About the Author:When I’m not writing, I train magenta lizards to walk on tightropes and I build miniature condominiums for ants. Scratch that. When I’m not writing, I lie, cheat and steal. I rob banks and tip over strollers with squalling twins.
Cris Beam is an author and professor in New York City. She is the author of Transparent, a nonfiction book that covers seven years in the lives of four transgender teenagers, which won the Lambda Literary Award for best transgender book in 2008, and was a Stonewall Honor book.
Her young adult novel, I am J, was released by Little, Brown in March 2011, and a nonfiction book about the state of foster care in the U.S. will be released by Houghton Mifflin-Harcourt in 2012. She teaches creative writing at Columbia University, New York University, The New School, and Bayview Women’s Correctional Facility. She has an MFA in creative nonfiction from Columbia University.
Okay, really. When I was asked to write this blog, I got nervous. Because when I’m not writing, I’m pretty boring. Or not to me; I just probably look that way on the outside. I teach at a few universities, which is really fun because I love my students, but I teach creative writing, and so even there, there’s writing. And I teach at a women’s prison. Writing again. That’s an exciting place to teach because my students are always really eager to come to class, and they come from such diverse educational backgrounds; I’m constantly having to tweak the lesson plans on the fly to meet the range of needs. And my inmate students know that their situation is unique: most of the educational programming has been cut from prisons and jails over the past several decades, so when they get to a prison like mine, they’re really hungry for the knowledge.
I live in New York City, which is the perfect city for producing neuroses about being boring. There are always other people filling their hours with more beauty and frenzy. Better not to compare. (Or just tip over a few strollers and go to jail.) It’s also an amazing city for bookstores and libraries, and I spend a lot of my extra time reading. Strangely, since I live in such an expansive place, I tend to like books about people boxed in (either by circumstance or by the confines of their internal worlds) and their means of escape or resilience. Ask me tomorrow and I’d say something different, but my recent faves have been David Grossman’s To The End of the Land and Agaat by Marlene Van Niekirk. I read a lot of nonfiction too and I know this book was released a while ago, but I just read King Leopold’s Ghost by Adam Hochschild, and it blew me away. The history, and the cruelty, were both so alive on the page. I’m working on a book right now about foster care in the U.S., and I’d love to be able to capture some of Hochschild’s skill with reviving historical figures.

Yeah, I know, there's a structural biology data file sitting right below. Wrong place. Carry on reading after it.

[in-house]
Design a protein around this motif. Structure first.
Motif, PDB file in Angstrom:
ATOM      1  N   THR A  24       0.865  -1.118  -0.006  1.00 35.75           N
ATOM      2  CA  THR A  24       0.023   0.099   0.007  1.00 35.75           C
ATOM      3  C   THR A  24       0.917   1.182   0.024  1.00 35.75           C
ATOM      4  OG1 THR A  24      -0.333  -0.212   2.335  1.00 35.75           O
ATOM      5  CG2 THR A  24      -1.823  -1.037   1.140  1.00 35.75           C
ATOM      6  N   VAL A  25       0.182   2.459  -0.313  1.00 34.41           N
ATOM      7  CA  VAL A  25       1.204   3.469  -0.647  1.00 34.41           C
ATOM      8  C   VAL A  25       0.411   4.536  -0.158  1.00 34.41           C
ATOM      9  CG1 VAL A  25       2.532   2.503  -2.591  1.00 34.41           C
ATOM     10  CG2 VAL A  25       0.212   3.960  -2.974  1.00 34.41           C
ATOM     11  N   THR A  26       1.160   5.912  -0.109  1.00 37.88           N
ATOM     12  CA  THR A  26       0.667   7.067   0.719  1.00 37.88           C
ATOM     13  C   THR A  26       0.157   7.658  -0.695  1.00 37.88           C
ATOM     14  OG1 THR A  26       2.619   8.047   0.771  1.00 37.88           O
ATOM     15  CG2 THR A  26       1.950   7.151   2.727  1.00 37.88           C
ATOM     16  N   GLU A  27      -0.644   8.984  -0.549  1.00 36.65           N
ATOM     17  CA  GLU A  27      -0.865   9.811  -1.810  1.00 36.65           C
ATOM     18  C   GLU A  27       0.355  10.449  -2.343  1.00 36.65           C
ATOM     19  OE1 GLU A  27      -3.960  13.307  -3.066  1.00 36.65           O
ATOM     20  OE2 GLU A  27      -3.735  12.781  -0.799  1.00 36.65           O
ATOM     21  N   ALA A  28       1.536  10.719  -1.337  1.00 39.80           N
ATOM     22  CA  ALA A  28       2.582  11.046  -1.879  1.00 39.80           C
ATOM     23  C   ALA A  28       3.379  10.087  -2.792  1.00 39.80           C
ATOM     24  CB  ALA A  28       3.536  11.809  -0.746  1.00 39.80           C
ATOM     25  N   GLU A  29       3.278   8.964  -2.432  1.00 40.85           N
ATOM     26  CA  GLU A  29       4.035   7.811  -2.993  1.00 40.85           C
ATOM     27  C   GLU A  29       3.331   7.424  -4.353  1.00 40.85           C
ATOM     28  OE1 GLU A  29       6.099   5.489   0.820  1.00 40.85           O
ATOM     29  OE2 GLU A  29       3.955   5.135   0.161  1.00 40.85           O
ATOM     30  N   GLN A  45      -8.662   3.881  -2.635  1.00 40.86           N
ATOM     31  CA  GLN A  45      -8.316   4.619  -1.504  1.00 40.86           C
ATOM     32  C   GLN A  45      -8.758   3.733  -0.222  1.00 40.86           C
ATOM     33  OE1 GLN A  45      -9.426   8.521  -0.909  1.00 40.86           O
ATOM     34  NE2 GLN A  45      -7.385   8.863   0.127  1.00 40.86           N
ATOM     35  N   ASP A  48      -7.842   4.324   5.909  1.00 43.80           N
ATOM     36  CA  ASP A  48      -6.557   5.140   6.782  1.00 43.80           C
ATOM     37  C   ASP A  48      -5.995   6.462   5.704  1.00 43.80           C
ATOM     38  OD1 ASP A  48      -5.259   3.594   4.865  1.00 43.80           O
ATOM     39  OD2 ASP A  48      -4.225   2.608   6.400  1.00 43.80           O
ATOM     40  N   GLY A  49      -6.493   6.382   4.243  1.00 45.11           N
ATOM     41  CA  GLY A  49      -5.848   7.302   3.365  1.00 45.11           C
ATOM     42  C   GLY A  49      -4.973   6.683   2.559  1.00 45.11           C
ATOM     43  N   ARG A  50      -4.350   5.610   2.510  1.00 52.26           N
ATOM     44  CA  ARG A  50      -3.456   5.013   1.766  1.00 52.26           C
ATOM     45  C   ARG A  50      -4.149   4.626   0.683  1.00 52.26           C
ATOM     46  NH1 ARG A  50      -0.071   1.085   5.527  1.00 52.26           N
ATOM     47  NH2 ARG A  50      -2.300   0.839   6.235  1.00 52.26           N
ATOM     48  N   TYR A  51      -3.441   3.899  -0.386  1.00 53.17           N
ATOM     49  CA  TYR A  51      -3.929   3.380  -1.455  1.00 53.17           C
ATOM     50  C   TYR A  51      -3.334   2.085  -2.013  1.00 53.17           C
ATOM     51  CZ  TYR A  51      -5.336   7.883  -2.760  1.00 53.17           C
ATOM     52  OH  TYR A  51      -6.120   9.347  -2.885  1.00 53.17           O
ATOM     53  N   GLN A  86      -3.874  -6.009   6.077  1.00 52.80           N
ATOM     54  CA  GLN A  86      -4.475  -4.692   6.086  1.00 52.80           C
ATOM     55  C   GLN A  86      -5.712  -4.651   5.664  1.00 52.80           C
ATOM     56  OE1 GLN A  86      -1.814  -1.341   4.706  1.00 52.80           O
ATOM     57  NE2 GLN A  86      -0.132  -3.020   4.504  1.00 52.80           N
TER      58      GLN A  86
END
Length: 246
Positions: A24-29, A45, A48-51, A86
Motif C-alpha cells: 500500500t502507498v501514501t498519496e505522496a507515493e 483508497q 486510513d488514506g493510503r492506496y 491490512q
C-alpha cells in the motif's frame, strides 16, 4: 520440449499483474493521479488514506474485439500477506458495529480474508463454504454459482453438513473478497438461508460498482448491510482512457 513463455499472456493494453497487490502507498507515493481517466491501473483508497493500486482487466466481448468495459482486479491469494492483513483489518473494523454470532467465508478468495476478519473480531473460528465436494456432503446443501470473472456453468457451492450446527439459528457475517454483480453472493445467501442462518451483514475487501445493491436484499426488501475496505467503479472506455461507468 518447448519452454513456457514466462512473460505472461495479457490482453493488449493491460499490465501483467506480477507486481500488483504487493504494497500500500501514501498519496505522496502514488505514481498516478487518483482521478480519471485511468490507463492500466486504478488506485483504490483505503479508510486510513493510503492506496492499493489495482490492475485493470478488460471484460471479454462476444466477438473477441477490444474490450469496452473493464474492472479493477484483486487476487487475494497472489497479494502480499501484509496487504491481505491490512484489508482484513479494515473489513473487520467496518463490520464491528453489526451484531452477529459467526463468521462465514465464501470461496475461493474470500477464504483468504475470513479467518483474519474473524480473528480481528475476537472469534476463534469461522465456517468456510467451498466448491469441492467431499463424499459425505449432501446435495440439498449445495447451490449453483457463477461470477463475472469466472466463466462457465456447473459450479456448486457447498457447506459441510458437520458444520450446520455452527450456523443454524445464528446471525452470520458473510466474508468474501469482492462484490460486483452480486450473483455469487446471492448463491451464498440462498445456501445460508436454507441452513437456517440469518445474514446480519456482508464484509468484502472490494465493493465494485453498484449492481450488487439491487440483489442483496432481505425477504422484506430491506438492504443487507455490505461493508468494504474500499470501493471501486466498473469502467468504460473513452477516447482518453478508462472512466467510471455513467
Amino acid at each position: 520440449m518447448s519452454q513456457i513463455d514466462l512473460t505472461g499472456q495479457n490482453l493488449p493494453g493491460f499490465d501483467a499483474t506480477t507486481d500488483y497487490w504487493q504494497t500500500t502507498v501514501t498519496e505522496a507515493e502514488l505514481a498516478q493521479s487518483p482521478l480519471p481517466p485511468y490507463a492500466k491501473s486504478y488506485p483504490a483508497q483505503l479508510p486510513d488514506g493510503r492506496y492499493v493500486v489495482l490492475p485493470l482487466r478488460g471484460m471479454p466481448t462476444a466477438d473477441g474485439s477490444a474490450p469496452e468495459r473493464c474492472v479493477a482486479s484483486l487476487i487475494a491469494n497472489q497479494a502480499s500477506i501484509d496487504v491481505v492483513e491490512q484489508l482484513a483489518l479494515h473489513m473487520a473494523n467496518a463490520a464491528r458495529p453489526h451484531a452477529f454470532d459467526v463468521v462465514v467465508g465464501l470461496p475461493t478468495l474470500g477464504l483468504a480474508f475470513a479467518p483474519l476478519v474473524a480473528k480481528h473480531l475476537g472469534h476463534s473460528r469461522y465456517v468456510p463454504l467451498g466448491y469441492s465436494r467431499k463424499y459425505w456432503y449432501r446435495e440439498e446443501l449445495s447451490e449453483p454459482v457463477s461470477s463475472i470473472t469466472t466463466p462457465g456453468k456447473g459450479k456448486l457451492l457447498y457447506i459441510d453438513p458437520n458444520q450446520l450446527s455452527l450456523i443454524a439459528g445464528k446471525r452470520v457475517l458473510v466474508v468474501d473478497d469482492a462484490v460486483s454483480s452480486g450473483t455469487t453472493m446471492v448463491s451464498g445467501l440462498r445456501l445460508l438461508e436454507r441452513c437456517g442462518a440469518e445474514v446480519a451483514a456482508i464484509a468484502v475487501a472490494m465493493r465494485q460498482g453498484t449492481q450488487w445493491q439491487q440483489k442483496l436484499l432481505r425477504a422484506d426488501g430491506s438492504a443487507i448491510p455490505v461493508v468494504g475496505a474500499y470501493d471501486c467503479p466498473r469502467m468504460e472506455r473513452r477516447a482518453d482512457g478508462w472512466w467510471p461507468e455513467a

But now I’ve looped back into my own writing. I didn’t mean to do that, but it’s where my head goes. My dog, Sami, distracts me from the madness. He reminds me to go outside and play, throw some balls in the park, bark at the squirrels. That’s the other thing I do when I’m not writing—I run around the city with Sam. Which is probably what I should do now, since he’s whining at the door. Maybe we’ll tip over some strollers.
About I Am J:
J spun. His stomach clenched hard, as though he'd been hit. It was just the neighbor lady, Mercedes. J couldn't muster a hello back, not now; he didn't care that she'd tell his mom he'd been rude. She should know better. Nobody calls me Jeni anymore.
J always felt different. He was certain that eventually everyone would understand who he really was: a boy mistakenly born as a girl. Yet as he grew up, his body began to betray him; eventually J stopped praying to wake up a "real boy" and started covering up his body, keeping himself invisible - from his family, from his friends...from the world. But after being deserted by the best friend he thought would always be by his side, J decides that he's done hiding - it's time to be who he really is. And this time he is determined not to give up, no matter the cost.
An inspiring story of self-discovery, of choosing to stand up for yourself, and of finding your own path - readers will recognize a part of themselves in J's struggle to love his true self.